One neat feature is that the characters automatically lipsync to the words you give them - including your own recordings. The choice of sound effects is a bit limited though - a search for 'eating' found only a pig eating! But there are plenty of freely available sound effects online on sites such as Freesound and SoundBible, but make sure you check the legal requirements for their use (some may require attribution).
GA's interface gives you the animation, voice track and music soundtrack on different layers. You can add effects such as transitions from scene to scene (note the two dark squares below which are fades), stretch or shrink time, change the volume etc.:
Less is more
One caveat - go easy on the special effects! Just because you can do lots of clever things, it doesn't mean your animation will be enhanced by them (remember when special effects were over-used in PowerPoint presentations?) Usually less is more. Remember, the main thing to get right is the story - the rest is just cosmetic. Animation is only a tool, it's not the point of the learning.
As already mentioned, if you don't like the infographic look, GoAnimate isn't for you; if you want the extraordinary you won't get that here. If you import any of your own supplimentary images, in order for them to match GA's objects the style would need to be the similar, although you can creatively combine the GA style with photographic objects. Animation geniuses may be frustrated by its limitations, but then this app was never meant for them; even a beginner may find there are some things that can't be done - there will be a limit to the variety of scenes, characters and props, which may mean you have to adapt or abandon a particular approach.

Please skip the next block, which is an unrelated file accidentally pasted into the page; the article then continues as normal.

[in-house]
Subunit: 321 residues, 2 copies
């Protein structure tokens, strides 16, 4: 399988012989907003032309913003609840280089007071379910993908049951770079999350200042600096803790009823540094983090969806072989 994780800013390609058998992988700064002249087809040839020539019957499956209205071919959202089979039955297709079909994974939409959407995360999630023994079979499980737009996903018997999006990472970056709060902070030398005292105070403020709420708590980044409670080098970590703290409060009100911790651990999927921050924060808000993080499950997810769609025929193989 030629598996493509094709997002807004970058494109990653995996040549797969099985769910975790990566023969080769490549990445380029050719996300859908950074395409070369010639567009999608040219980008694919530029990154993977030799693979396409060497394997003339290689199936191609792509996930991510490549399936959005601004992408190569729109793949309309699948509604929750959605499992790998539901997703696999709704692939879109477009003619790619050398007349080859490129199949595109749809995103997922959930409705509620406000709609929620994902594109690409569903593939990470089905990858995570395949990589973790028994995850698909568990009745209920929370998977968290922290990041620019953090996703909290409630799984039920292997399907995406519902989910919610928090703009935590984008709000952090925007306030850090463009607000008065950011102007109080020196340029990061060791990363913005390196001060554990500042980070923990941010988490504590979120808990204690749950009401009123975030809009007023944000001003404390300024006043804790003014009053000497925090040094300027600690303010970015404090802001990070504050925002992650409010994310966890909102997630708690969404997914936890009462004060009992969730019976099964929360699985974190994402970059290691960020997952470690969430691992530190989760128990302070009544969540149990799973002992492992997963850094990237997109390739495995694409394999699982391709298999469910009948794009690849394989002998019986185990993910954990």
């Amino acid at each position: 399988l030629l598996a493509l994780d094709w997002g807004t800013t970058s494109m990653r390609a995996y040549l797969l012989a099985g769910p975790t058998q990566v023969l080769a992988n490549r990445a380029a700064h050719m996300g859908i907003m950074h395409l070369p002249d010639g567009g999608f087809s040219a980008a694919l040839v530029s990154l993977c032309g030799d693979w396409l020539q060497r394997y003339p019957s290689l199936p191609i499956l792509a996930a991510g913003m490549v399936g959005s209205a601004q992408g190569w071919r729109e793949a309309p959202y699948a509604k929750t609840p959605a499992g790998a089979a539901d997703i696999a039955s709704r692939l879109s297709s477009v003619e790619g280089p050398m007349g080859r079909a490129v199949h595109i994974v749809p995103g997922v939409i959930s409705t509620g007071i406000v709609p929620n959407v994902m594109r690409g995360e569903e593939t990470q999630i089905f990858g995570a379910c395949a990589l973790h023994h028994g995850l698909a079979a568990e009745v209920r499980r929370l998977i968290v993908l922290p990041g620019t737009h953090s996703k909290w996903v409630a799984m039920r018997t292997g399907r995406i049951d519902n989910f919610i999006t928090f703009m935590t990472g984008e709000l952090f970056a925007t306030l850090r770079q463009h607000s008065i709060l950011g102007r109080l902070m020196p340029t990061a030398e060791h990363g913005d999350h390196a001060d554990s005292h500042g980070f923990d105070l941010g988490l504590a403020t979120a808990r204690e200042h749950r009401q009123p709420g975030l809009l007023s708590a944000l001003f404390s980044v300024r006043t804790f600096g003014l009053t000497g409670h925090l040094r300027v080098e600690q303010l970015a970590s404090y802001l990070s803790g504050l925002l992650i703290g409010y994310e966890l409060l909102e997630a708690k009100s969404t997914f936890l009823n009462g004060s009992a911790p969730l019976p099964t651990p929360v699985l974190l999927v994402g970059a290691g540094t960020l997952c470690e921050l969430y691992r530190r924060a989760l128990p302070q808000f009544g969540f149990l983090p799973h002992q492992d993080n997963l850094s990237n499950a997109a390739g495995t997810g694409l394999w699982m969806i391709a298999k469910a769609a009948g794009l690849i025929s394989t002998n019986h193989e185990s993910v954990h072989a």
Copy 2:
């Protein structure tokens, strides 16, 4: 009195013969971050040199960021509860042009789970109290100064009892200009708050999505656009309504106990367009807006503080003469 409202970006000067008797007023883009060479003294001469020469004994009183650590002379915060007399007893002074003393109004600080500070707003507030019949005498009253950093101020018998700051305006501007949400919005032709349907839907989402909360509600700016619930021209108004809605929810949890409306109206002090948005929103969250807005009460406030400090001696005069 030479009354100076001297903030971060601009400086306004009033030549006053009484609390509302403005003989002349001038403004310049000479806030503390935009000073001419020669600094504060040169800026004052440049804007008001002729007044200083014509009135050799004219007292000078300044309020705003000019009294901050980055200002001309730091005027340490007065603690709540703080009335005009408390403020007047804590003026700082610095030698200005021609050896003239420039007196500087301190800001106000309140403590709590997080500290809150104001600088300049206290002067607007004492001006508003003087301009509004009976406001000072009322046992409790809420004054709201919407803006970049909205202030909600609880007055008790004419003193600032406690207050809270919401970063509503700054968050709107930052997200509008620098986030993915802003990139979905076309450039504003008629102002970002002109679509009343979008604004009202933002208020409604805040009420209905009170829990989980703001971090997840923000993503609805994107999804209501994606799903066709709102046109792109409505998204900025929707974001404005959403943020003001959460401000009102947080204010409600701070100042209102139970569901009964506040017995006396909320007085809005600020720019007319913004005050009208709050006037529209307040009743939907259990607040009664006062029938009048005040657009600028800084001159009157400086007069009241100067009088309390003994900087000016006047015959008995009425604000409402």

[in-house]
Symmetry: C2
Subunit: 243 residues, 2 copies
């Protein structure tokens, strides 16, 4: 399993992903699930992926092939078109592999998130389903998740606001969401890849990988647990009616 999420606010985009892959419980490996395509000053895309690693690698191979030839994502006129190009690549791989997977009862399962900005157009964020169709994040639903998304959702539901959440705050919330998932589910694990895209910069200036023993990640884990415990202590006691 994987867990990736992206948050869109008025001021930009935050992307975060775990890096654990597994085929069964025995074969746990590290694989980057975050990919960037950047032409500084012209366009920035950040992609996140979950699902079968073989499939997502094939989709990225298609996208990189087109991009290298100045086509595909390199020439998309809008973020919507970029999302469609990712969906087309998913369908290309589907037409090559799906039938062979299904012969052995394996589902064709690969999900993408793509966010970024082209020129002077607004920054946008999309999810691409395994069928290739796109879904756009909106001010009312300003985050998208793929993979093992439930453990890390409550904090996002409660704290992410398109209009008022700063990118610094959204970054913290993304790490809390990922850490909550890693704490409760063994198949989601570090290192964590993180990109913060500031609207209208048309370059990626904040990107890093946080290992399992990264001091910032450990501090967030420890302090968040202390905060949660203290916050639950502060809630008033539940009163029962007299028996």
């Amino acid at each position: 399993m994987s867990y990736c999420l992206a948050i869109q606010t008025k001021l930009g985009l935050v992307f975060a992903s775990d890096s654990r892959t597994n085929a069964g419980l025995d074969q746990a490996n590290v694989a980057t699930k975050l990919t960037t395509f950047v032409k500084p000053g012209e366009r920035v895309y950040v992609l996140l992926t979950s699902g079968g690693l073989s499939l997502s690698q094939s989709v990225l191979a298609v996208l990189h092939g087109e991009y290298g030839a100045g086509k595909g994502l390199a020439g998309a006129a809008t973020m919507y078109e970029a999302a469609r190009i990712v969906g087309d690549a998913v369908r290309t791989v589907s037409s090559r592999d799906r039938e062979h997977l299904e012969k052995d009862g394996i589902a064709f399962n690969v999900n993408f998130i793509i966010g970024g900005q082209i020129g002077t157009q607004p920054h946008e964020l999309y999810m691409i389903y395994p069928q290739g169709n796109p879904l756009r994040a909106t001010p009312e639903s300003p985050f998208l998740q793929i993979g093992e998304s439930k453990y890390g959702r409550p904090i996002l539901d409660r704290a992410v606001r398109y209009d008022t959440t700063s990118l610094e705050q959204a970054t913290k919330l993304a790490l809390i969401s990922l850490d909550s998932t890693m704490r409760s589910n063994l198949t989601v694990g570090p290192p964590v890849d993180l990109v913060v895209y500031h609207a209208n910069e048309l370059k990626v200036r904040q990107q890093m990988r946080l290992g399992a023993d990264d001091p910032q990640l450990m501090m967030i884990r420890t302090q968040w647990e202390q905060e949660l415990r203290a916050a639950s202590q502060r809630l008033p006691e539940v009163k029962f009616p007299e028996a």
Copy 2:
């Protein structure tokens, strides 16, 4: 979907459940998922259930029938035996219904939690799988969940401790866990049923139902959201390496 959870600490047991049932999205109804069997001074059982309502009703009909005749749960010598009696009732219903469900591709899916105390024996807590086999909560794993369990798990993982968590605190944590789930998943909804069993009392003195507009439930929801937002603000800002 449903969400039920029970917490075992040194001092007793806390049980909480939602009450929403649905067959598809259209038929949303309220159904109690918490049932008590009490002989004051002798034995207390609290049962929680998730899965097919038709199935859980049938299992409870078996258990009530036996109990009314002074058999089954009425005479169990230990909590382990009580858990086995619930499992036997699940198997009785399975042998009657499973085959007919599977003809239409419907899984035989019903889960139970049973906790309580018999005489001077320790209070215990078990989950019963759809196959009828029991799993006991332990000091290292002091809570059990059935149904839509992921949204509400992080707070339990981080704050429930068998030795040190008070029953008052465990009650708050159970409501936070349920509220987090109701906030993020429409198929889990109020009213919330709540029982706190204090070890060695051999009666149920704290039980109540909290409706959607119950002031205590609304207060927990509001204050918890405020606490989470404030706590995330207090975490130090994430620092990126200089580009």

The animation itself is not that sophisticated - for example, if you use GoAnimate's whiteboard drawing of a house and delete all the other objects in the scene, the whiteboard animation doesn't work. This is because the photographic hand and pen only animate when there are multiple objects in a scene i.e. it won't draw the house because it is a single object.
However, I did enjoy playing with GA, and I'm sure most people who will love the chance to take the plunge into the world of animation, having discovered a relatively cheap and quick way to create professional-looking videos which will amuse most if used well.
Lectora and GoAnimate
If you are a Lectora user, GA can be accessed with Lectora Online via GA's website. Then in the tools ribbon in the Create New section you can click the GoAnimate logo and this opens the GA site. Once you have made your video you can click Export to Lectora in the Export section. Your new video can be inserted like any other media in the Insert ribbon under the Add Media section. The video will be located in the Media Library in the Shared Media folder.
Want to add spice to your learning? Why not give us a call to chat through the many creative approaches we can offer you.